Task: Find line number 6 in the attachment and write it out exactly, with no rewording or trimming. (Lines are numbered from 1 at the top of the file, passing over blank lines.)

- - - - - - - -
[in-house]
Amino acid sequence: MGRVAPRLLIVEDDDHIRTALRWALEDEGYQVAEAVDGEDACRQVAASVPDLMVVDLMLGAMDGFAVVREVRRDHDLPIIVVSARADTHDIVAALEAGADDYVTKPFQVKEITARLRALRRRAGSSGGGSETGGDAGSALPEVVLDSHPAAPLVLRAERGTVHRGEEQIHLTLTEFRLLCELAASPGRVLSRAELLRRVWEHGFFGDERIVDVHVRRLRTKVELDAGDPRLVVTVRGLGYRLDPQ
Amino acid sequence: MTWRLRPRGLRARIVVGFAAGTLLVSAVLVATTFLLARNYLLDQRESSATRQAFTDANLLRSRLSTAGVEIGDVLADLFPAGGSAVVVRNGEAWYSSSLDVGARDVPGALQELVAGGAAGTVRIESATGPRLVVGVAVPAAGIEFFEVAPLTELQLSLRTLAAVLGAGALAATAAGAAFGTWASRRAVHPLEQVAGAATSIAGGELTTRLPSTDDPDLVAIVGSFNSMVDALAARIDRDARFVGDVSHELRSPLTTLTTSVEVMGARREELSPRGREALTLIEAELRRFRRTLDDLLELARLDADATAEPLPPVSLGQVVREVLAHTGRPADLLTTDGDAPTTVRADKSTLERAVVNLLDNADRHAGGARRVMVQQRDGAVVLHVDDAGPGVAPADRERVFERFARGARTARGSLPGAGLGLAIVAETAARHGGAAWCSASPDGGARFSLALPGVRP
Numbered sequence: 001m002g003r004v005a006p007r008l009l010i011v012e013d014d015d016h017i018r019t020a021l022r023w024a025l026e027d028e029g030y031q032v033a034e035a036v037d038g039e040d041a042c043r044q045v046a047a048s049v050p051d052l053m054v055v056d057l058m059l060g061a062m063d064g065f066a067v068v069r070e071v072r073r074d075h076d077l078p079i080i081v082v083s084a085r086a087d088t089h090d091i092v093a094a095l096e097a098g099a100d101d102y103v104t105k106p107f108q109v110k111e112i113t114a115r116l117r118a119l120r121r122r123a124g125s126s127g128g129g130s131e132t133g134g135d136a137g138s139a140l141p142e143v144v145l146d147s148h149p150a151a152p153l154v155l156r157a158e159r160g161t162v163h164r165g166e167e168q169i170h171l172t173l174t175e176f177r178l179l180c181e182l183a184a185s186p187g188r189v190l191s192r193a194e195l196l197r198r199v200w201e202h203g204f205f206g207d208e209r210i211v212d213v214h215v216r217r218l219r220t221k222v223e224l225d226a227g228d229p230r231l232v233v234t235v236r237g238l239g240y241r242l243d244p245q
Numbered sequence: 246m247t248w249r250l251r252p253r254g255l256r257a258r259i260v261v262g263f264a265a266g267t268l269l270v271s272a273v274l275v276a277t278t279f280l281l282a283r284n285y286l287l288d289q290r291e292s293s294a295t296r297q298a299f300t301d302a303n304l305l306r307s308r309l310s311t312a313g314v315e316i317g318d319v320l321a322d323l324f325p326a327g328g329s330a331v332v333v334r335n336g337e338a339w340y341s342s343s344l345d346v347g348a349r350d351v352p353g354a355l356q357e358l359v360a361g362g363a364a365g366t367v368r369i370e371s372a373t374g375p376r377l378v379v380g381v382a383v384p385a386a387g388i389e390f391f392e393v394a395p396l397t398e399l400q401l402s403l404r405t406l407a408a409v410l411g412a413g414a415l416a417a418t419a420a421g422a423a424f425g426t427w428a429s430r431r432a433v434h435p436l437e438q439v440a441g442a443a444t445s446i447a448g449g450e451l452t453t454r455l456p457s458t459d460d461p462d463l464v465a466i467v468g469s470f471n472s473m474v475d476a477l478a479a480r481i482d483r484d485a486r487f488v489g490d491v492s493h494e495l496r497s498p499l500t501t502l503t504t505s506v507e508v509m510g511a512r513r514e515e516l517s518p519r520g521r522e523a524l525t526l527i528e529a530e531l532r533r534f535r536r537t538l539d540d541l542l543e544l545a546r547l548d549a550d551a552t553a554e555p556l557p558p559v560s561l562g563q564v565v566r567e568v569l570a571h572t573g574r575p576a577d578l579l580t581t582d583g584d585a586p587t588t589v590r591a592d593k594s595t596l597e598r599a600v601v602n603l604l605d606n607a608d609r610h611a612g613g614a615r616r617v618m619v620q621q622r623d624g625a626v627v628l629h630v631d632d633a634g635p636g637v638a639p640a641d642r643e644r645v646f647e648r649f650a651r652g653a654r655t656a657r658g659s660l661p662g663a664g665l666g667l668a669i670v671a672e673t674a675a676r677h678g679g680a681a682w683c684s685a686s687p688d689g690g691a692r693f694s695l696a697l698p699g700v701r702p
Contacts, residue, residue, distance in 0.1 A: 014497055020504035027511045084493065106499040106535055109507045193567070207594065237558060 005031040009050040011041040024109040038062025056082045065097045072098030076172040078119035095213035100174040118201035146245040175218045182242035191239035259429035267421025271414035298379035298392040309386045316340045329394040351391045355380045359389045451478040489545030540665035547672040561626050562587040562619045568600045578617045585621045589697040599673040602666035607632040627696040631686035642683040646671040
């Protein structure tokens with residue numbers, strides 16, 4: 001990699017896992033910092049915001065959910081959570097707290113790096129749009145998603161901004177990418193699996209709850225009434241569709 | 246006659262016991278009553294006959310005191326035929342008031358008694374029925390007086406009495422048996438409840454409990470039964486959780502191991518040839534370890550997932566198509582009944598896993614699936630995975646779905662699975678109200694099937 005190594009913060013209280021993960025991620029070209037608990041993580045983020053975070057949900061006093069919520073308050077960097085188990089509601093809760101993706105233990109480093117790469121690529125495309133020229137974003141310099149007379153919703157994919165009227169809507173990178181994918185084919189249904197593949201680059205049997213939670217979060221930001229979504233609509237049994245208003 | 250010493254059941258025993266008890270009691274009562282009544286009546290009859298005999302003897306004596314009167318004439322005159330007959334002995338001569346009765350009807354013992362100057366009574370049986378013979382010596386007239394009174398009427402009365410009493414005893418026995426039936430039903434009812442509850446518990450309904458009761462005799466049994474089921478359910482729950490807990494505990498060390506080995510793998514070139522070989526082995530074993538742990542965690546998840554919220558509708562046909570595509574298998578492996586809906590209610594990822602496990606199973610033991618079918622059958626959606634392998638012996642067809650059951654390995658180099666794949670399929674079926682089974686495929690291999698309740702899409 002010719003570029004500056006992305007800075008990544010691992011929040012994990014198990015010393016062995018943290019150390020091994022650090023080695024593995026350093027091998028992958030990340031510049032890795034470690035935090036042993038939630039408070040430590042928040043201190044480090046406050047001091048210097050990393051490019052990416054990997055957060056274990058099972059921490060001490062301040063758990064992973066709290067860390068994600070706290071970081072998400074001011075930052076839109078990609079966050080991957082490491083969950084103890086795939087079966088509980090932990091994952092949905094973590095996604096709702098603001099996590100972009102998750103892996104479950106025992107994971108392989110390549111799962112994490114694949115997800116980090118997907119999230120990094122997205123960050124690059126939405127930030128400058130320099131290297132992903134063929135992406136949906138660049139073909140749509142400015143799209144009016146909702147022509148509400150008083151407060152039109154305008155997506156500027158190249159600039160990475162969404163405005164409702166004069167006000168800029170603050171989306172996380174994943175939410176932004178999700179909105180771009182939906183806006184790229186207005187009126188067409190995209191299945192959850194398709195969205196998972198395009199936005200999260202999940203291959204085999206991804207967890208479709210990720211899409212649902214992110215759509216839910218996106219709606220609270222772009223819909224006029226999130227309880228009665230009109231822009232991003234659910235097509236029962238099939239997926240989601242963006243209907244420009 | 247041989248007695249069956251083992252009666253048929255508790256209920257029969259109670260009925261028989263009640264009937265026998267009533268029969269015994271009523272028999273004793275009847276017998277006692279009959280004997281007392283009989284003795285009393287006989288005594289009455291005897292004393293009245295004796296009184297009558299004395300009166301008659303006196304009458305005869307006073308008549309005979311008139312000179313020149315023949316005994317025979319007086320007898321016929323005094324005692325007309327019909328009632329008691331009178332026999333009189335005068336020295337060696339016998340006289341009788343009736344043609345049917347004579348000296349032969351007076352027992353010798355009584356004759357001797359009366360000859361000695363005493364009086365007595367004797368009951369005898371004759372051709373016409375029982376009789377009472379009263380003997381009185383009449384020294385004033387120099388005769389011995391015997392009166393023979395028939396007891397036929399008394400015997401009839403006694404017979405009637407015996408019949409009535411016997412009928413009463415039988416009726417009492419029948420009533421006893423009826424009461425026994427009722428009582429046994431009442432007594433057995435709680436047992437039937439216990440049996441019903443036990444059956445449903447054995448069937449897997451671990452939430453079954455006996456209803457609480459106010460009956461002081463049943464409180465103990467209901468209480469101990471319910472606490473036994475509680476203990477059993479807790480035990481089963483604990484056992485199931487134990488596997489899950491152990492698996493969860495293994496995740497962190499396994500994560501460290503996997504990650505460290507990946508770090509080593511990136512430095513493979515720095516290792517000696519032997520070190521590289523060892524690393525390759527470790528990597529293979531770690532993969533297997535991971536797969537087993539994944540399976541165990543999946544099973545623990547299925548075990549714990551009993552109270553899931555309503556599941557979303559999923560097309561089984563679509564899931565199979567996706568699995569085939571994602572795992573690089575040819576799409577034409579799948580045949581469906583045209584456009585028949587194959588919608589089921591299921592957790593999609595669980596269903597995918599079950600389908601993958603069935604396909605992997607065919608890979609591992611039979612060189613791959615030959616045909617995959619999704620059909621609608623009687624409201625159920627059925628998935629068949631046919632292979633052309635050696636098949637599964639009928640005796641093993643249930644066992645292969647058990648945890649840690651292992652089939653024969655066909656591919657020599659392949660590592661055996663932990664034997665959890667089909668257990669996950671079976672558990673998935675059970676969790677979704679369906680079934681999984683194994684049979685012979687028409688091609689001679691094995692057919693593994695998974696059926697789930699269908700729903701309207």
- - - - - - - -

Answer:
Contacts, residue, residue, distance in 0.1 A: 014497055020504035027511045084493065106499040106535055109507045193567070207594065237558060 005031040009050040011041040024109040038062025056082045065097045072098030076172040078119035095213035100174040118201035146245040175218045182242035191239035259429035267421025271414035298379035298392040309386045316340045329394040351391045355380045359389045451478040489545030540665035547672040561626050562587040562619045568600045578617045585621045589697040599673040602666035607632040627696040631686035642683040646671040